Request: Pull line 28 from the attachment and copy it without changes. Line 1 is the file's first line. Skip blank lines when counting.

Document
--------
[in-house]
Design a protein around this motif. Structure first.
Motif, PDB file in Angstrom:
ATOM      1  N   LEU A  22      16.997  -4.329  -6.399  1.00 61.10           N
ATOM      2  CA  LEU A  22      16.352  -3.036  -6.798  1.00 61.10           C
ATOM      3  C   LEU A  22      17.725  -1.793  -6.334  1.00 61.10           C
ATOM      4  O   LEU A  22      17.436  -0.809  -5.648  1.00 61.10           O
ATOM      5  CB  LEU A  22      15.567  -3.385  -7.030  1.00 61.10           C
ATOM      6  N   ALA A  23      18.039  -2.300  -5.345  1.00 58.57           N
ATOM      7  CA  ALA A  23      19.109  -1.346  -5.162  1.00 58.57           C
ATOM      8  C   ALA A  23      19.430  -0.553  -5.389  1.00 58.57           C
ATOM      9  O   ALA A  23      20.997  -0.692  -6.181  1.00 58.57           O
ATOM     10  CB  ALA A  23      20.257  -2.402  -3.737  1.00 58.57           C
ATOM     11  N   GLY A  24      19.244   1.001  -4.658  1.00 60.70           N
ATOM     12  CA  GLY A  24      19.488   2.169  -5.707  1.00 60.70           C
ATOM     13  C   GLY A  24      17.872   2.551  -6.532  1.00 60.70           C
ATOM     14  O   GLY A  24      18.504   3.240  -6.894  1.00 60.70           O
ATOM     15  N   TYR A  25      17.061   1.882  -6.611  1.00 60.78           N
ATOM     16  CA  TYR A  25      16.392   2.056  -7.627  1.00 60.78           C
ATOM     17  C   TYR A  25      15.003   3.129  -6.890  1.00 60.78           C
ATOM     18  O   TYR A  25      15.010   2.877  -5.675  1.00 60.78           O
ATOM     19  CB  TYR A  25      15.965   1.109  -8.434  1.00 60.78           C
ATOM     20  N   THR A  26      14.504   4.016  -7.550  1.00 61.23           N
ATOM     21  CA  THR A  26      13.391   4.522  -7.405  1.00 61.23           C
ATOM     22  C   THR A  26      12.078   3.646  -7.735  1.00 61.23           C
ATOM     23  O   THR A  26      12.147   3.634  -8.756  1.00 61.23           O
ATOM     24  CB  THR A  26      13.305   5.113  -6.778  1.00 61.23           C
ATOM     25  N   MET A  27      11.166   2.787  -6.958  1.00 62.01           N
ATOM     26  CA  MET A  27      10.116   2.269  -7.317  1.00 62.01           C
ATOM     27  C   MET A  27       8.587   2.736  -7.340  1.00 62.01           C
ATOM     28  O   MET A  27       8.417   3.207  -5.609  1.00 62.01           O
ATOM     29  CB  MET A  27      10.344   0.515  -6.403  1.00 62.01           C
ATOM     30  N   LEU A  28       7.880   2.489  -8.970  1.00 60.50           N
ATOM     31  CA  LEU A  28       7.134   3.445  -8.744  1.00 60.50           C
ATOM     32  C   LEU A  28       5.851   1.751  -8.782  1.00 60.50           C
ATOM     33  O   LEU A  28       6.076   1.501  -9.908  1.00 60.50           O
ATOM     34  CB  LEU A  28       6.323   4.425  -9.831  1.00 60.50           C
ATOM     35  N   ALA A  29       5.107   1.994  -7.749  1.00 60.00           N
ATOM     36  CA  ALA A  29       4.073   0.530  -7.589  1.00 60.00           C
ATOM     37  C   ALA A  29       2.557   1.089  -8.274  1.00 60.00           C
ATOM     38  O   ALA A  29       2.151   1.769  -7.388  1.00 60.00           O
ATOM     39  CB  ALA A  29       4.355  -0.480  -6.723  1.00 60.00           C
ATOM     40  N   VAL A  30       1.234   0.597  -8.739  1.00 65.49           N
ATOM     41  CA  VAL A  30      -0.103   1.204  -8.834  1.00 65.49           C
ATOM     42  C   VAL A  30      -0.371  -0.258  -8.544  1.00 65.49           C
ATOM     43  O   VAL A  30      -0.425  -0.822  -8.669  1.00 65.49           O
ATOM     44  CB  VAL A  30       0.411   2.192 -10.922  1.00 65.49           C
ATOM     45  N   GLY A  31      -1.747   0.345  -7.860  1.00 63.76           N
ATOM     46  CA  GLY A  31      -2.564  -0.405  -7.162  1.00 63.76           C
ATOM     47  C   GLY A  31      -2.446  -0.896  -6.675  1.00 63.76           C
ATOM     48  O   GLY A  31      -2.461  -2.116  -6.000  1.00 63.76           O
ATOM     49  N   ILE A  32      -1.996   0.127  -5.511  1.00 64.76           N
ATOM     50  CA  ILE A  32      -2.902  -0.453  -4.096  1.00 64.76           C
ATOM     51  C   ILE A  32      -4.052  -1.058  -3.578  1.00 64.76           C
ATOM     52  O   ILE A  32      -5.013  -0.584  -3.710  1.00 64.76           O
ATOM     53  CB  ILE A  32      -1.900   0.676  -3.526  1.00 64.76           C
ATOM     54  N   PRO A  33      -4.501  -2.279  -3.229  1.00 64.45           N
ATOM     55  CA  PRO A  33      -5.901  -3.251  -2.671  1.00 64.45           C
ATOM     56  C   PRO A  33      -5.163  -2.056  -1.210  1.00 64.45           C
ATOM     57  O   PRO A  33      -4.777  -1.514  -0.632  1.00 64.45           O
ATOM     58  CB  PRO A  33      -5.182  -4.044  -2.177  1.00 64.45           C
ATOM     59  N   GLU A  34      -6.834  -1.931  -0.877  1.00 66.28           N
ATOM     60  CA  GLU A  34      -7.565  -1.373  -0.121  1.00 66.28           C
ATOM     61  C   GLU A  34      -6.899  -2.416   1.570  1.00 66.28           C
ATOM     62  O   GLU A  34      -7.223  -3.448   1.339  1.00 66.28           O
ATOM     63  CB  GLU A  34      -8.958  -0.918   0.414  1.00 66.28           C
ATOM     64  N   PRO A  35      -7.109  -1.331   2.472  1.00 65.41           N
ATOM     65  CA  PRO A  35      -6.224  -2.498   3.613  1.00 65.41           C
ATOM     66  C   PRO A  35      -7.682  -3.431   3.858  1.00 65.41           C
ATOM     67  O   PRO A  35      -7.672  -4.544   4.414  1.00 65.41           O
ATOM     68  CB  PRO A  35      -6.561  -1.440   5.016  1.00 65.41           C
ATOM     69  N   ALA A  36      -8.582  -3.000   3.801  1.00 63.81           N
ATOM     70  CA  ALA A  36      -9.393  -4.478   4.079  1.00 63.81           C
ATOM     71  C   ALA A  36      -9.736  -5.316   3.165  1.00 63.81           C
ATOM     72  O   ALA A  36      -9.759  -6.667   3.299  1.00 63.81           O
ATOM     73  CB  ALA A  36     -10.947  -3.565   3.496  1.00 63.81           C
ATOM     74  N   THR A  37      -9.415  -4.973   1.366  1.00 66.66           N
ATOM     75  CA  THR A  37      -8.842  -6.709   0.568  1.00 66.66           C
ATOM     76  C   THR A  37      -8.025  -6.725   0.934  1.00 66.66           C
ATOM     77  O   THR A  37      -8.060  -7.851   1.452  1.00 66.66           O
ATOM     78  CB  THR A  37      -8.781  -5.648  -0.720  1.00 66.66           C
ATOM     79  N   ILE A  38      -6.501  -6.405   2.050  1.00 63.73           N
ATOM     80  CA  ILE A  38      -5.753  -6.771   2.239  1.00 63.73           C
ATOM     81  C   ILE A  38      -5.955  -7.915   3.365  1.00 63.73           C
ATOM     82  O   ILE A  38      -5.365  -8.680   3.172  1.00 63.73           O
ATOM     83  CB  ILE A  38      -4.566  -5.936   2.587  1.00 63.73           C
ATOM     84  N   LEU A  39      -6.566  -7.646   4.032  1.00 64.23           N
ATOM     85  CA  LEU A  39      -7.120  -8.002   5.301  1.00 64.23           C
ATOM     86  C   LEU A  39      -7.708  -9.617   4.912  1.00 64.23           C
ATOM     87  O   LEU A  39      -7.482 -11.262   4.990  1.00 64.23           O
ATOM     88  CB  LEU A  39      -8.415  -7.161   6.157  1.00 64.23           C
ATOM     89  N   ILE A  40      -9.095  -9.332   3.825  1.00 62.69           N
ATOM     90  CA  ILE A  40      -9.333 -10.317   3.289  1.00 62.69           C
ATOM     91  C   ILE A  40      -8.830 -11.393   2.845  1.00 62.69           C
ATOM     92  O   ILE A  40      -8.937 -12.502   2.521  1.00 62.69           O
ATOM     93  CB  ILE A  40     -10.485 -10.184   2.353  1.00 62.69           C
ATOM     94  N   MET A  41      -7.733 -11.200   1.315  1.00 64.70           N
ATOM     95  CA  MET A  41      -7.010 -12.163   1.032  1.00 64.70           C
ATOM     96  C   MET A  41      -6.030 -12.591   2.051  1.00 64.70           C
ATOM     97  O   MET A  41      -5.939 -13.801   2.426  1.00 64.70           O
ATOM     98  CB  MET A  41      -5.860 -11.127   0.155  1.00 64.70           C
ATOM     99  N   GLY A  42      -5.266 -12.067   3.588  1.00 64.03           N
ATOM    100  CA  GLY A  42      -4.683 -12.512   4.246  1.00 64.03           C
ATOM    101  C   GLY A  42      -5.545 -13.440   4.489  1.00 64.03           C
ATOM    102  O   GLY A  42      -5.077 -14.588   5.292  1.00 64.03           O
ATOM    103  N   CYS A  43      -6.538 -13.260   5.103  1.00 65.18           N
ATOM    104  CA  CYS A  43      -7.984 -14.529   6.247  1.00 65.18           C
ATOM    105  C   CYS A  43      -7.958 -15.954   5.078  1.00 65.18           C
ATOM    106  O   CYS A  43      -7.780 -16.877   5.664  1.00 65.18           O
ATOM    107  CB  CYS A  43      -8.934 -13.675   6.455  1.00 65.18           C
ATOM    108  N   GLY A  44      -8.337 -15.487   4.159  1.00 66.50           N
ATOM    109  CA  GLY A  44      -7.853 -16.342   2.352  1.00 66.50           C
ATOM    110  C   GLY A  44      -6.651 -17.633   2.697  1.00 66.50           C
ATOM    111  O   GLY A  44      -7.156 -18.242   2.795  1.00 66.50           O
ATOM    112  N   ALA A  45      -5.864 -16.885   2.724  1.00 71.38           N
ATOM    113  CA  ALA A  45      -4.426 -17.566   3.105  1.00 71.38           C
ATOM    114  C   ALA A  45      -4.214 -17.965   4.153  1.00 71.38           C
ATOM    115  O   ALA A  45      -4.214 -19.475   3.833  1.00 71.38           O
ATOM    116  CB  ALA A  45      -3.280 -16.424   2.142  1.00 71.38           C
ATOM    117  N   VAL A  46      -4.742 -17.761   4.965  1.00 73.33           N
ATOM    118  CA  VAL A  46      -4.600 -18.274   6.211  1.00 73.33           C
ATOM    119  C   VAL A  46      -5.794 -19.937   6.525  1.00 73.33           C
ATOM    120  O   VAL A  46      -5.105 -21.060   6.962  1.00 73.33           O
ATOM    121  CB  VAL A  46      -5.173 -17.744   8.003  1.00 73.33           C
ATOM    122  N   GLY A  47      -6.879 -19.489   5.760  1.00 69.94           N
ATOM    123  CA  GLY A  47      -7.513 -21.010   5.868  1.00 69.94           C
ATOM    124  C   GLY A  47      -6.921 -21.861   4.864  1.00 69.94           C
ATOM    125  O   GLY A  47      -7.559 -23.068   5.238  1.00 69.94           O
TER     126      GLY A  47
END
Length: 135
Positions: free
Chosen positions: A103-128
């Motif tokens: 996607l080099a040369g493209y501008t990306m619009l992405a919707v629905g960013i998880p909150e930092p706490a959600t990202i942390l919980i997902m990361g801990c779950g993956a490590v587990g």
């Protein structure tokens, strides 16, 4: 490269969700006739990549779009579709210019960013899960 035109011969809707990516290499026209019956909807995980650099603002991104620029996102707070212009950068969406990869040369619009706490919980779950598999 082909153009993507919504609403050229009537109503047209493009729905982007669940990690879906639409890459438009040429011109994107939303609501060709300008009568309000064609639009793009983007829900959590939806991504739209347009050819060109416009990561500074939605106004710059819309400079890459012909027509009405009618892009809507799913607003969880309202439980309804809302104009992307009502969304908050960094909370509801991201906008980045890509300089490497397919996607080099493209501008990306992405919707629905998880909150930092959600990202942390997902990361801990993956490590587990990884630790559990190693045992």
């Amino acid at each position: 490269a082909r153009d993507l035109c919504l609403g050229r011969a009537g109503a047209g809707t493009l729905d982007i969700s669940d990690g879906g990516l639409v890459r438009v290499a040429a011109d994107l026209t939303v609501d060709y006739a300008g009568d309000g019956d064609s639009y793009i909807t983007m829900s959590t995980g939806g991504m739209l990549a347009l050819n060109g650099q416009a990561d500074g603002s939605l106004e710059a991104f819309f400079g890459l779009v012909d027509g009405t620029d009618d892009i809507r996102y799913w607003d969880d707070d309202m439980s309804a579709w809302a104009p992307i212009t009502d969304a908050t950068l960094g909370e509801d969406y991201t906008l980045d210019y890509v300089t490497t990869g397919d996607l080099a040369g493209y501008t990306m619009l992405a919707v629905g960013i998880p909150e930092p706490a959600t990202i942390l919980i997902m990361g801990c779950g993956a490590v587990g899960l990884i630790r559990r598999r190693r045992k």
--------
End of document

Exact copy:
ATOM     25  N   MET A  27      11.166   2.787  -6.958  1.00 62.01           N